A dear friend wrote me a four-page single spaced letter that filled all four margins.

The heart of the letter was to remind me—to teach me for the first time—that people are to be served through the lens of God. That one lesson places disappointment with people in proper perspective.

So, I was told to read and remember the teaching in Colossians chapter three:

serve12Therefore, as God’s chosen people, holy and dearly loved, clothe yourselves with compassion, kindness, humility, gentleness, and patience.

Bear with each other and forgive one another if any of you has a grievance against someone. Forgive as the Lord forgave you.

Whatever you do, work at it with all your heart, as working for the Lord, not for human masters, since you know that you will receive an inheritance from the Lord as a reward. It is the Lord Christ you are serving.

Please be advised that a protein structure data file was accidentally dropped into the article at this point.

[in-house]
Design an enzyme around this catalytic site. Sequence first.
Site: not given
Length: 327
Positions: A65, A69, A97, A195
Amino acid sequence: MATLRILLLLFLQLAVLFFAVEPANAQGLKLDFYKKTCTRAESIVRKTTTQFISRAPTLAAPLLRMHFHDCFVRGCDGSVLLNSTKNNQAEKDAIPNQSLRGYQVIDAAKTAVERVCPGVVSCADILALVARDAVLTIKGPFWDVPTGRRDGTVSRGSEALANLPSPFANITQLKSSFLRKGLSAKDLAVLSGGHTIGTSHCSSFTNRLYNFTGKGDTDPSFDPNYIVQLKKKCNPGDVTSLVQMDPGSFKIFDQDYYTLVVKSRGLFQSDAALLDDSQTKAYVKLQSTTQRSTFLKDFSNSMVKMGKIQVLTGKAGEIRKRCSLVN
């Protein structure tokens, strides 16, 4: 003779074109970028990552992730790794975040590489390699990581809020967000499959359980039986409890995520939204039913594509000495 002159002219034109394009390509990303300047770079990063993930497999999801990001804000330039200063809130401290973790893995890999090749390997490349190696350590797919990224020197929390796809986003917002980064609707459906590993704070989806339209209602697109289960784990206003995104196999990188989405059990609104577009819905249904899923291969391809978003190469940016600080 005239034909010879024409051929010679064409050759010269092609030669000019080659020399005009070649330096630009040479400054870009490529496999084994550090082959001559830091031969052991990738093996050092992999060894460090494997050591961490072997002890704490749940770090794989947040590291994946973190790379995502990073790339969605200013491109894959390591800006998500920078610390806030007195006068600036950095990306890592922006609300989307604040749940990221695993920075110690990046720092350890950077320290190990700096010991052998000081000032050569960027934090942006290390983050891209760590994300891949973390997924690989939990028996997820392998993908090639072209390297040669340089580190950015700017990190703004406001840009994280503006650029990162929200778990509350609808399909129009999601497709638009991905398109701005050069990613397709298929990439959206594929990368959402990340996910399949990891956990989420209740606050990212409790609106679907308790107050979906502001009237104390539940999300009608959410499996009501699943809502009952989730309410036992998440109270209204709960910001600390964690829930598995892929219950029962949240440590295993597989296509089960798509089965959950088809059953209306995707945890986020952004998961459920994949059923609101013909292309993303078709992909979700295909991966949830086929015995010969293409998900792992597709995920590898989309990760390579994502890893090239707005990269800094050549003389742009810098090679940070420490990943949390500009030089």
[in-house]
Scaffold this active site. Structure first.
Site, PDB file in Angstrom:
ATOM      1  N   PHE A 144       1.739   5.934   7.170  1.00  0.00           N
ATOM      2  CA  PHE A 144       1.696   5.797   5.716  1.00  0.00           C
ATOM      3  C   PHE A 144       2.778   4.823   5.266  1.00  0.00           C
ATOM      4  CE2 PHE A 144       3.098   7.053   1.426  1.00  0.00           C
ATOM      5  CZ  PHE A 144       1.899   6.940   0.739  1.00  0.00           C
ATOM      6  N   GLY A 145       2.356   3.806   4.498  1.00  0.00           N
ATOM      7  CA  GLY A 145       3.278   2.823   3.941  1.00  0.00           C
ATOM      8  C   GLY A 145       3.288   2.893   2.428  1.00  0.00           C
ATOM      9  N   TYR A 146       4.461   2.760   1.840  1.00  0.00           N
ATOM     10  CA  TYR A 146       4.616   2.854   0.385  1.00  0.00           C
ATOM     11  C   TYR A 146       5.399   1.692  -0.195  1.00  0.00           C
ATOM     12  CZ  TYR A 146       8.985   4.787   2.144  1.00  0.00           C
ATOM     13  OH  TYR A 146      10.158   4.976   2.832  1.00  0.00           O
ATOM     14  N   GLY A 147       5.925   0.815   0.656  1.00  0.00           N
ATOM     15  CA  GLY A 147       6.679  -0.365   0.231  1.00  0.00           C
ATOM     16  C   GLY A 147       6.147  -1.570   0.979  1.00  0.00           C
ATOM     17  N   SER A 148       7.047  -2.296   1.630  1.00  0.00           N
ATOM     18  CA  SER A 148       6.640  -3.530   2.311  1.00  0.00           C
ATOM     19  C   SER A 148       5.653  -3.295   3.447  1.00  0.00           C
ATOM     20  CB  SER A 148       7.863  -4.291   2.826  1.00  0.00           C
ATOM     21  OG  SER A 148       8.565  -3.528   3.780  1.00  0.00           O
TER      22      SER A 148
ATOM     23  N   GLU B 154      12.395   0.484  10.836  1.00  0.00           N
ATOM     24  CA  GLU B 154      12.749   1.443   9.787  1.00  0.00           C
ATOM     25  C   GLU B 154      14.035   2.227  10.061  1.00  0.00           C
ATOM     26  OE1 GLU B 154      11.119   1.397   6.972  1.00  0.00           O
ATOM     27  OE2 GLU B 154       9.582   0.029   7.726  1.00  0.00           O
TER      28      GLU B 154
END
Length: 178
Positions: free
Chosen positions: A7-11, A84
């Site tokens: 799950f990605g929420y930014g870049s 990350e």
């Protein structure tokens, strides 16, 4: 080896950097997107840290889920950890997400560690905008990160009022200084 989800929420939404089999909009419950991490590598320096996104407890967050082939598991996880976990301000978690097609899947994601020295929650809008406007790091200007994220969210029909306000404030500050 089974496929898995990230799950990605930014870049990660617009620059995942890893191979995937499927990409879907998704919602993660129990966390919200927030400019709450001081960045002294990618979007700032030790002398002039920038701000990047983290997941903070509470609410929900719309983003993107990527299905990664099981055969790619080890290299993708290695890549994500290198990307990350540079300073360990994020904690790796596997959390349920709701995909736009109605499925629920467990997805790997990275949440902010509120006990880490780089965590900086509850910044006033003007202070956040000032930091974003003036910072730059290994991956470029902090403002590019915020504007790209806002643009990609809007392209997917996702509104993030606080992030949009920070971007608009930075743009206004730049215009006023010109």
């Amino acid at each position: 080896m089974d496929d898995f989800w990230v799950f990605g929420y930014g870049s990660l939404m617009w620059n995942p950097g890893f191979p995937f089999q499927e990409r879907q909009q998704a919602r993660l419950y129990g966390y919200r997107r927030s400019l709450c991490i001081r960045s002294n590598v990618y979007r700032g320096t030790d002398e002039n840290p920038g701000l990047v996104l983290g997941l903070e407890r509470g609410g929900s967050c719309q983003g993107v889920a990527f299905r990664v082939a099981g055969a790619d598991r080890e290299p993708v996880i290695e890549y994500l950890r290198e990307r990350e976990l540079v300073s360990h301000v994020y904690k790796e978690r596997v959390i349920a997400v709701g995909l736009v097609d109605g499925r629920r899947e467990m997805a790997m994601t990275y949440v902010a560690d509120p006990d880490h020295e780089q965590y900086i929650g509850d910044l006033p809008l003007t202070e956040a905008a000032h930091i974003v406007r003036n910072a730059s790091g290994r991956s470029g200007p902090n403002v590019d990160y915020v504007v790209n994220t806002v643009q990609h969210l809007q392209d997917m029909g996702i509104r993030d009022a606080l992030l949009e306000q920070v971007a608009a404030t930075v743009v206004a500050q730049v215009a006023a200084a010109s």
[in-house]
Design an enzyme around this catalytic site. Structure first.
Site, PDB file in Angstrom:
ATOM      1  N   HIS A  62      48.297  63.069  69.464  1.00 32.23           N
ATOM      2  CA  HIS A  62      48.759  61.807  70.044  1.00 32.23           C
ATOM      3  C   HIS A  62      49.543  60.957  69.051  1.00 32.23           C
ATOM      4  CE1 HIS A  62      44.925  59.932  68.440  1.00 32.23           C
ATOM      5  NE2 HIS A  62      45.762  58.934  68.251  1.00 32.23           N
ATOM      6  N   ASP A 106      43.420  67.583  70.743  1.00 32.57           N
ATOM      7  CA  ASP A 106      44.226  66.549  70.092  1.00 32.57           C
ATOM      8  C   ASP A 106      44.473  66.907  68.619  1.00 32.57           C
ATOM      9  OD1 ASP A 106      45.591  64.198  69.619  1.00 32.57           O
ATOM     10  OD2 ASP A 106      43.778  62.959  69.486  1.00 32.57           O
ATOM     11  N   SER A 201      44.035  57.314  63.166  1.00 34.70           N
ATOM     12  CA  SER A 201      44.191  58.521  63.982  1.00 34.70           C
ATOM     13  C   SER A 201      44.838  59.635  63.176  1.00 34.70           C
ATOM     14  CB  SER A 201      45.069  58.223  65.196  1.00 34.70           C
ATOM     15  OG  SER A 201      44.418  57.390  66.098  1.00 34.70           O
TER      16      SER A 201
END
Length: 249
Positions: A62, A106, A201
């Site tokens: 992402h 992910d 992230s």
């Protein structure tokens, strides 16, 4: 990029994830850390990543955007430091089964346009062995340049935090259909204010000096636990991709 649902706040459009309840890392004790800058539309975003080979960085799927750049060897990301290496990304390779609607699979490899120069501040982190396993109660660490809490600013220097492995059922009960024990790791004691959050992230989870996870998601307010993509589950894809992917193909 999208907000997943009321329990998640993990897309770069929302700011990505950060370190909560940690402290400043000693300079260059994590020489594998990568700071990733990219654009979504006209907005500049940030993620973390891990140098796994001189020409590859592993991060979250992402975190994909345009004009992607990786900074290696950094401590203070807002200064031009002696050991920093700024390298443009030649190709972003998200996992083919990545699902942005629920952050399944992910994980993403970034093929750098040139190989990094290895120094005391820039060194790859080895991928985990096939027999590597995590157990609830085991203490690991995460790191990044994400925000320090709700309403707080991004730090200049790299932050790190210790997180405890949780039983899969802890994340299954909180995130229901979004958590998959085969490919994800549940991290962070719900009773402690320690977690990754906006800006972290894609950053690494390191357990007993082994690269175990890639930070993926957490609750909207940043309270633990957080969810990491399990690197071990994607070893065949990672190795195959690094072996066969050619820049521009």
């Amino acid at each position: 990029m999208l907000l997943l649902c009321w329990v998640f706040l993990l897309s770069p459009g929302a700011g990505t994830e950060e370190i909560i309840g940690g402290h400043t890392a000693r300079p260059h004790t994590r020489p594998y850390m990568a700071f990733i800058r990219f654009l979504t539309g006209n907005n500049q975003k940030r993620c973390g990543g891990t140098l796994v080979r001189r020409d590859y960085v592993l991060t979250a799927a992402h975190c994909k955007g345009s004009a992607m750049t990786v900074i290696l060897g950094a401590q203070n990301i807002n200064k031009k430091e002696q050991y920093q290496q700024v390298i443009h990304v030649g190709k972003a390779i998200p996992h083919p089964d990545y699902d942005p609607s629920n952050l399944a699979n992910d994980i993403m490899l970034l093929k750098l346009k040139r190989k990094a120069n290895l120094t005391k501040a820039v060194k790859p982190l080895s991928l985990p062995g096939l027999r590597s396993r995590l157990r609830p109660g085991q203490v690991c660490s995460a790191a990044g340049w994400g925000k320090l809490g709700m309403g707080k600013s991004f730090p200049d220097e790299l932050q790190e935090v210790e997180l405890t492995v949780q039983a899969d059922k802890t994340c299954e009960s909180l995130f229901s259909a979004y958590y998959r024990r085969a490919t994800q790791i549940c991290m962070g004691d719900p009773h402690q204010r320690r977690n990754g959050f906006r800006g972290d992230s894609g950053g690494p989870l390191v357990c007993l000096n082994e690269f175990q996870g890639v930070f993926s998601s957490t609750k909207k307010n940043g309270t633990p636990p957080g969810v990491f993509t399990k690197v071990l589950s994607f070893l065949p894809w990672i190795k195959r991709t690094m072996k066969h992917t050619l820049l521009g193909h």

Here I am years later still learning to grow in my servant identity.

It’s the identity claimed by Jesus and the role he placed me on earth to fulfill. It is only through service that others can see Jesus in my walk.

Maybe I should offer service rather than expect it, don’t you think?

Stay tuned.

Dr. Gary J. Sorrells – A GodReflection on Serve as a Power Word.

I Was Born Thirsty

GodReflection: Power Words

My soul thirsts for God, for the living God. When can I go and meet with God? – Psalms 42:2

garyguarujaI was born thirsty.

It’s a God gene planted in every human soul.

It’s the feeling of incompleteness. It’s the thought that there must be more. It’s the awe that every human being has experienced periodically in the presence of rainbows, starlit skies, and majestic mountains filled with color and regal creatures.